Christmas symbols

Christmas symbols

24 December 2019
‘In Him we have redemption through His blood, the forgiveness of sins, according to the riches of His grace.’

Today, some people are trying to remove any public mention of Christ at Christmas, while others seem bent on secularising it completely. So let’s look at the meaning of some of the Christmas symbols. The small holly berries are thought to have originally reminded Christians of the drops of Christ’s blood caused by the crown of thorns He wore on Calvary. The evergreen trees speak of the promise of never-ending life resulting from His resurrection. The Celtic cross has a circle surrounding the intersection of the vertical and horizontal axis of the cross. Some believe it originated with St Patrick, who, upon seeing a round symbol of the moon goddess, drew a Christian cross over it – changing a Druid symbol into a new symbol for Irish Christianity. In the same way that St Patrick adopted a pagan circle and gave it a new meaning, so other Christians adopted the evergreen wreath and gave it a new meaning. When early Christians changed the Roman winter solstice of the rebirth of the sun (originally on December 21), to a celebration of the birth of the ‘Son of Righteousness’, the evergreen wreath was adopted. Instead of simply being a garland, the round Christmas wreath now speaks of the never-ending unity and fellowship we have with God through Christ. So when you hang a wreath on your door or over your fireplace this Christmas, remind yourself that nothing ‘shall be able to separate us from the love of God which is in Christ Jesus our Lord’ (Romans 8:39 NKJV).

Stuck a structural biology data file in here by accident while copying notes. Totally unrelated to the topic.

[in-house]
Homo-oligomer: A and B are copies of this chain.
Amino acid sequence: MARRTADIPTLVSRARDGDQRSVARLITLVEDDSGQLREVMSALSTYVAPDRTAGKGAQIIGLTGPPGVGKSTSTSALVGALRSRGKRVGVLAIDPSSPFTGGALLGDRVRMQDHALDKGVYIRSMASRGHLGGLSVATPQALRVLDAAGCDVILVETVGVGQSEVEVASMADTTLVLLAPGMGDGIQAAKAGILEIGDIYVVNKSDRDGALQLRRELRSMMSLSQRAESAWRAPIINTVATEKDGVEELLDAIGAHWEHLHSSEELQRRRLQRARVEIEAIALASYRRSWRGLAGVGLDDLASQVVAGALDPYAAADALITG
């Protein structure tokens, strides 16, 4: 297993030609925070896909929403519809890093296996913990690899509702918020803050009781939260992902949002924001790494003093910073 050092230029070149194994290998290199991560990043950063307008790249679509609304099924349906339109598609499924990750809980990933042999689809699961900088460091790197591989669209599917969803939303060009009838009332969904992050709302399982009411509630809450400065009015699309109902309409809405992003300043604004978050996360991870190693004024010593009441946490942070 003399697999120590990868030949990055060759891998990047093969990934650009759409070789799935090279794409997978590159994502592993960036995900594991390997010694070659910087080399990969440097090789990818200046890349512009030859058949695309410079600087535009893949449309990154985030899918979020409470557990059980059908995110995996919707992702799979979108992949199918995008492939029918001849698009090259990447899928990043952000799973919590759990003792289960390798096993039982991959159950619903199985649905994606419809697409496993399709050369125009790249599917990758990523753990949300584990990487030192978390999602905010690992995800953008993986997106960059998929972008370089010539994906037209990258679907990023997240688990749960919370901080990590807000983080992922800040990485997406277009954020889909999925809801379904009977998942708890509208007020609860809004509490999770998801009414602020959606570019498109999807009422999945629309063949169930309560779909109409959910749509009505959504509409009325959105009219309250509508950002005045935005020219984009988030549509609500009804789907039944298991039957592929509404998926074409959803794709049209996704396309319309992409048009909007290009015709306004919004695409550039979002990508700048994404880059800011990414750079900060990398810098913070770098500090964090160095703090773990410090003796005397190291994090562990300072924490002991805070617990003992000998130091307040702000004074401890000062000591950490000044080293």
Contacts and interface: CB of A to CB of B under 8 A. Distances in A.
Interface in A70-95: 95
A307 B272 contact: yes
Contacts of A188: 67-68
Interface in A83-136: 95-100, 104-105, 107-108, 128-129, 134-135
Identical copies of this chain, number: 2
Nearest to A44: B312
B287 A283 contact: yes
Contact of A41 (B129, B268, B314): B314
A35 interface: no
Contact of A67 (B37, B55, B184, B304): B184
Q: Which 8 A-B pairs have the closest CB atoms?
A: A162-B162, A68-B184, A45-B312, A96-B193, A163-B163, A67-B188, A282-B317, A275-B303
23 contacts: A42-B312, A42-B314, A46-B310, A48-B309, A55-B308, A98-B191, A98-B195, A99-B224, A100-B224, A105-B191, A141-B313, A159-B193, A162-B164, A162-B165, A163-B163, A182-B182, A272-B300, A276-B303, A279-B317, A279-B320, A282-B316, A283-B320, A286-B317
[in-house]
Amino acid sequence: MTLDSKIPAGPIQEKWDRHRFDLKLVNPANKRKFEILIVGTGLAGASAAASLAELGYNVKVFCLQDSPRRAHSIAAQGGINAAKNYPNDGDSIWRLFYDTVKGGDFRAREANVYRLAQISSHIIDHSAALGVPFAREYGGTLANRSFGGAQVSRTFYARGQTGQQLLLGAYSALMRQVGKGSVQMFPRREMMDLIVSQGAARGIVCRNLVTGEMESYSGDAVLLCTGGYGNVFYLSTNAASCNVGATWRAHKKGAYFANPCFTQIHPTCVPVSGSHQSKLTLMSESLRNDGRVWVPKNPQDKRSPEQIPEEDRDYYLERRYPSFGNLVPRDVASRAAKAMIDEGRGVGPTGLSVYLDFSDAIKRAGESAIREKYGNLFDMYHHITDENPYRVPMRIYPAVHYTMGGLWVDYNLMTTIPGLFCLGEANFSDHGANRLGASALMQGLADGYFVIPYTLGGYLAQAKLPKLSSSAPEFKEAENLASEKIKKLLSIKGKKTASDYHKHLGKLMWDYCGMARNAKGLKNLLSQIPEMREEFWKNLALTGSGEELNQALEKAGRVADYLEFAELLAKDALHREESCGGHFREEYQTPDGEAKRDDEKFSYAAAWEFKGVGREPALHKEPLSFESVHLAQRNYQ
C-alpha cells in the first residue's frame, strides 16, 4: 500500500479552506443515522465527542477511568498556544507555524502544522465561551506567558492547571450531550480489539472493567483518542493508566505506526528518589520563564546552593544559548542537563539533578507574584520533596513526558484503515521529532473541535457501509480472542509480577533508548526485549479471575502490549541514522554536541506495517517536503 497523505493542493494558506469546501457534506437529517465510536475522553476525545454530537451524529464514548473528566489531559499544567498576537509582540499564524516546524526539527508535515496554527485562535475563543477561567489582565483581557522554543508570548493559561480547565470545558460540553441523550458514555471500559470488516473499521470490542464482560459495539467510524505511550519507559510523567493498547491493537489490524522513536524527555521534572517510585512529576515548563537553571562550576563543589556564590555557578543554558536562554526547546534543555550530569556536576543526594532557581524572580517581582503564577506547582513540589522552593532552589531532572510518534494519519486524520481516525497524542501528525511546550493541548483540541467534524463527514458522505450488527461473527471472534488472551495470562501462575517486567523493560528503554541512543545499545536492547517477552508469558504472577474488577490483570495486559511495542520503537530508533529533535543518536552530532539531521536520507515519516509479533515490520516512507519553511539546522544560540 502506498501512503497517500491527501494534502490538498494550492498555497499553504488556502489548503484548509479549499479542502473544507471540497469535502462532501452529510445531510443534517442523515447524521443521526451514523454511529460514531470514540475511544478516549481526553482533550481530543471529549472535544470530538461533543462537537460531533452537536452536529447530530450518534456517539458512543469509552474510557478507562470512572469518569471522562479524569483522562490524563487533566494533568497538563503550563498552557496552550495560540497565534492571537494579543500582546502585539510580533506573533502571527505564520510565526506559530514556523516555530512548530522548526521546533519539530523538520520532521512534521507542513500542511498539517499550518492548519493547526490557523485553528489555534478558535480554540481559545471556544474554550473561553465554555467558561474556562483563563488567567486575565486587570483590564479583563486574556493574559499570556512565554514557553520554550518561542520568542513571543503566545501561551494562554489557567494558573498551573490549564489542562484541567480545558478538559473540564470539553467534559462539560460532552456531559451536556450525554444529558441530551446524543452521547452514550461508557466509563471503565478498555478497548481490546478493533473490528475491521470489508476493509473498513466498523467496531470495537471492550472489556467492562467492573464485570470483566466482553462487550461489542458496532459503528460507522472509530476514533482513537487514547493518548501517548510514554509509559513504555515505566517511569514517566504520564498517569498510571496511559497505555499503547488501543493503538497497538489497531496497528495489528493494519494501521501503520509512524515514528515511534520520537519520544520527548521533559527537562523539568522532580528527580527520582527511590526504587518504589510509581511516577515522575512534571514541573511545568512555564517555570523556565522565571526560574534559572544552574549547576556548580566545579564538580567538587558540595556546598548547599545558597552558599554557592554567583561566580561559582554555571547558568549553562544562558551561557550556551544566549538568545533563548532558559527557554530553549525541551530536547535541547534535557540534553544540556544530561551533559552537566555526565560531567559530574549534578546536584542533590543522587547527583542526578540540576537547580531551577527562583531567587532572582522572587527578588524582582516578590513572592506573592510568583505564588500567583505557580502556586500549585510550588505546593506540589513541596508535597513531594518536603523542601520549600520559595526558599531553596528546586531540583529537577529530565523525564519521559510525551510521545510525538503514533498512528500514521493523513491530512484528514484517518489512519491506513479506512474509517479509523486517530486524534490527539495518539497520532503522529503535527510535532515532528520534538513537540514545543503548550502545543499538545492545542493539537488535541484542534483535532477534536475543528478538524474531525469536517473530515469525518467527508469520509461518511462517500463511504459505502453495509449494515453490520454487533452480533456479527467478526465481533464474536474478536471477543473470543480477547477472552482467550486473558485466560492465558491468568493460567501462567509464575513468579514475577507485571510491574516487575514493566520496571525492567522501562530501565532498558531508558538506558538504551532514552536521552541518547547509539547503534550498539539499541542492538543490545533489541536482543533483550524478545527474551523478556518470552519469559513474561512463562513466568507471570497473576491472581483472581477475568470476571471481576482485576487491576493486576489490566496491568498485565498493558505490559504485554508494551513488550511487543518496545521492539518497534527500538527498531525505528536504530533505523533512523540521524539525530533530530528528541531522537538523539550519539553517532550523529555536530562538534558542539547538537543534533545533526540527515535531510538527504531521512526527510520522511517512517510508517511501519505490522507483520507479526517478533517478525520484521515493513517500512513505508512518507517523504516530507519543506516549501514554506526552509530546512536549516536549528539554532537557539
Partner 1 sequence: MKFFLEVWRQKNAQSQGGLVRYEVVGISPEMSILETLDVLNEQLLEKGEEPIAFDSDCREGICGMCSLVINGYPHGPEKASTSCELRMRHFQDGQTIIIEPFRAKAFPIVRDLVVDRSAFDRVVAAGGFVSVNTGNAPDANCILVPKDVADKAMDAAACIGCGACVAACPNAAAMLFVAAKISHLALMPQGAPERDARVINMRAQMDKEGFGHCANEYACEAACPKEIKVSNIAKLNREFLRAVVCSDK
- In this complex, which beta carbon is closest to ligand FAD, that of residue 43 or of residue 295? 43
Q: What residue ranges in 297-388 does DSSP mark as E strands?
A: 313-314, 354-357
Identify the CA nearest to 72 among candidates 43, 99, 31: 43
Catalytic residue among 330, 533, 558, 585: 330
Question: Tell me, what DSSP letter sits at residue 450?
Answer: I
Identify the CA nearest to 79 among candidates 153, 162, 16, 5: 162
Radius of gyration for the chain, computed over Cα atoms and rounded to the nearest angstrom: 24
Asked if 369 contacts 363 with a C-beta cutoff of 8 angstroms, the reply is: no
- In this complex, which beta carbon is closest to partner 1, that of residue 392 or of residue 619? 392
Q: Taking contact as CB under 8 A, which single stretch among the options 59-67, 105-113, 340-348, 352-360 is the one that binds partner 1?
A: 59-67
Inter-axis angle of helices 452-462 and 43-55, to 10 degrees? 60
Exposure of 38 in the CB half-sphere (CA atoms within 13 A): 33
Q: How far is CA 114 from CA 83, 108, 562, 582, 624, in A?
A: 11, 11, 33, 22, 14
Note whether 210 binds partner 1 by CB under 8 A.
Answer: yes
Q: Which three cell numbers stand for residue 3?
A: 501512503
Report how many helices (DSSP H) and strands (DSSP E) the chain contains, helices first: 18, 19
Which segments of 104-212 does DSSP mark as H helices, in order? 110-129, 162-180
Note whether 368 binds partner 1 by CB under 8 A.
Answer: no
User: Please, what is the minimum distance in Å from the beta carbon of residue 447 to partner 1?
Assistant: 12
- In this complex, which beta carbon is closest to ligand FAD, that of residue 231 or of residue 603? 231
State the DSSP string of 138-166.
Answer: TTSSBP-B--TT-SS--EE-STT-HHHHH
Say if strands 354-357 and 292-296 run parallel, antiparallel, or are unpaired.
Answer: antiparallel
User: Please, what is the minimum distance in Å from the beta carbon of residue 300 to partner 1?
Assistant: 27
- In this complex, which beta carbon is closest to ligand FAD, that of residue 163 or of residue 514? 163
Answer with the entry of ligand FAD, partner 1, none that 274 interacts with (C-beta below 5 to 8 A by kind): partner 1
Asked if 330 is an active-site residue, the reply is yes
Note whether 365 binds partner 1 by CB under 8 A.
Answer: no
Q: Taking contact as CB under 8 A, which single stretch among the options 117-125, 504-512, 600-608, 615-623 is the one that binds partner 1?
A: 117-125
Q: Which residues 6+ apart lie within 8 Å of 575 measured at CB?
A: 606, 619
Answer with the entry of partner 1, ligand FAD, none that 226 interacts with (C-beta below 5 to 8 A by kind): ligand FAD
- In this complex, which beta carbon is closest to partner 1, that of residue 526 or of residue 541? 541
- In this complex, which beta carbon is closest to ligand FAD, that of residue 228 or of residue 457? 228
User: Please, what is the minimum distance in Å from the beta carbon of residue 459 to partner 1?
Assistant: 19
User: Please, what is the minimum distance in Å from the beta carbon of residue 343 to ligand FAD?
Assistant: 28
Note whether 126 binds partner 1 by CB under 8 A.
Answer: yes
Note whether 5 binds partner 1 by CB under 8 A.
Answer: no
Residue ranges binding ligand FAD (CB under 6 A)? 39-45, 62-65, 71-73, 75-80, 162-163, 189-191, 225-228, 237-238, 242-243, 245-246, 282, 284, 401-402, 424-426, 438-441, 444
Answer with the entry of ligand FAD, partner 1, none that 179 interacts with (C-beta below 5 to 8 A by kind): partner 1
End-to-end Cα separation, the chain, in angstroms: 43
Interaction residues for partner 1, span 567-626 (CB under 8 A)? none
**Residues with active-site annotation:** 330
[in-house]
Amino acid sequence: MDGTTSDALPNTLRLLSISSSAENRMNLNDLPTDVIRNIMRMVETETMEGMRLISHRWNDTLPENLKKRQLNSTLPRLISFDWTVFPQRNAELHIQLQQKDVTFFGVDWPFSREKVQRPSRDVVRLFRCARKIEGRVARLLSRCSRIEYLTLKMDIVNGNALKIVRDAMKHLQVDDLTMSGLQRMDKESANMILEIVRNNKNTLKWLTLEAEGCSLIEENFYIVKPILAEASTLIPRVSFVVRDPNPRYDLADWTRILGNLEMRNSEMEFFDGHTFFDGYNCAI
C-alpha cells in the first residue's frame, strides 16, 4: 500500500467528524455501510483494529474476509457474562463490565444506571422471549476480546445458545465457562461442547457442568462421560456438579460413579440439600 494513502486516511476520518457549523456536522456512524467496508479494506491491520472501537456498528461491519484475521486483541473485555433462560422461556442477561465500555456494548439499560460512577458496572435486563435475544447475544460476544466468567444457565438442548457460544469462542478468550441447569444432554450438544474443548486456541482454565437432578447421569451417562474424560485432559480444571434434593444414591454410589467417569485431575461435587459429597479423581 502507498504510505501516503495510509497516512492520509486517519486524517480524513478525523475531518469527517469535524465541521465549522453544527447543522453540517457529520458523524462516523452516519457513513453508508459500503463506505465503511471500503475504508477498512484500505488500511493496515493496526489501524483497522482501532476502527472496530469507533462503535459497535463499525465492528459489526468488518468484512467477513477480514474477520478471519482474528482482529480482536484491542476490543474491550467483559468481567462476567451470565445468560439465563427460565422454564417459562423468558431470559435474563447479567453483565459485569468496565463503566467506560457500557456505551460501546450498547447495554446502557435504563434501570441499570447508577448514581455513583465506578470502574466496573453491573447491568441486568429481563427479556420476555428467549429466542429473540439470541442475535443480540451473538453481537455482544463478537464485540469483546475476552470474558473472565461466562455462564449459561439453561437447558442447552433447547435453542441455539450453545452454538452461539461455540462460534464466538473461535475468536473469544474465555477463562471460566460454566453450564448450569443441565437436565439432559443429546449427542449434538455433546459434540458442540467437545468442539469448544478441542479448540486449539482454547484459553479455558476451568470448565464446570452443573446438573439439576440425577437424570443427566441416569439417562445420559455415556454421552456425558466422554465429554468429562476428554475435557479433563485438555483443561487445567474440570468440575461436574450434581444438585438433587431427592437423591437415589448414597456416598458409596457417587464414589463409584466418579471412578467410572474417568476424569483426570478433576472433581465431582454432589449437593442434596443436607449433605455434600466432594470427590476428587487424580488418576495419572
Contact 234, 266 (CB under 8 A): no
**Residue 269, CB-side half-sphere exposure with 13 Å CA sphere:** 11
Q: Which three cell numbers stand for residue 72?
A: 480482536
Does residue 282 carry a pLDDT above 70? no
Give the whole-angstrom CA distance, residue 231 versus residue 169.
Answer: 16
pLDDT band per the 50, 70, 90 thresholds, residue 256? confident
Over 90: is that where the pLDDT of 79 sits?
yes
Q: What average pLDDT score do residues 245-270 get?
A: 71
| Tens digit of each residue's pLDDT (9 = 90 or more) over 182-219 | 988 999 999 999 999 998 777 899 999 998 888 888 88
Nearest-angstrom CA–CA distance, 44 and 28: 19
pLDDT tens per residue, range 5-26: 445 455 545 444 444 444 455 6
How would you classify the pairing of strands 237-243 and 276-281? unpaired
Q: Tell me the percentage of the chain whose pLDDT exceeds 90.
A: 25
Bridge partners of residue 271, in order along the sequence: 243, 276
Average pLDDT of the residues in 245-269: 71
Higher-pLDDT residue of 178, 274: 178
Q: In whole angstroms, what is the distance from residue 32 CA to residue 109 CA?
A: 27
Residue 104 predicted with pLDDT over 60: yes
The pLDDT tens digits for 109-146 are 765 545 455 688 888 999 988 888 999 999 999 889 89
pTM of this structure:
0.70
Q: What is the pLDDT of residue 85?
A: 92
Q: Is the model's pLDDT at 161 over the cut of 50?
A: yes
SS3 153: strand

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Copyright © Bob and Debby Gass. Used by permission.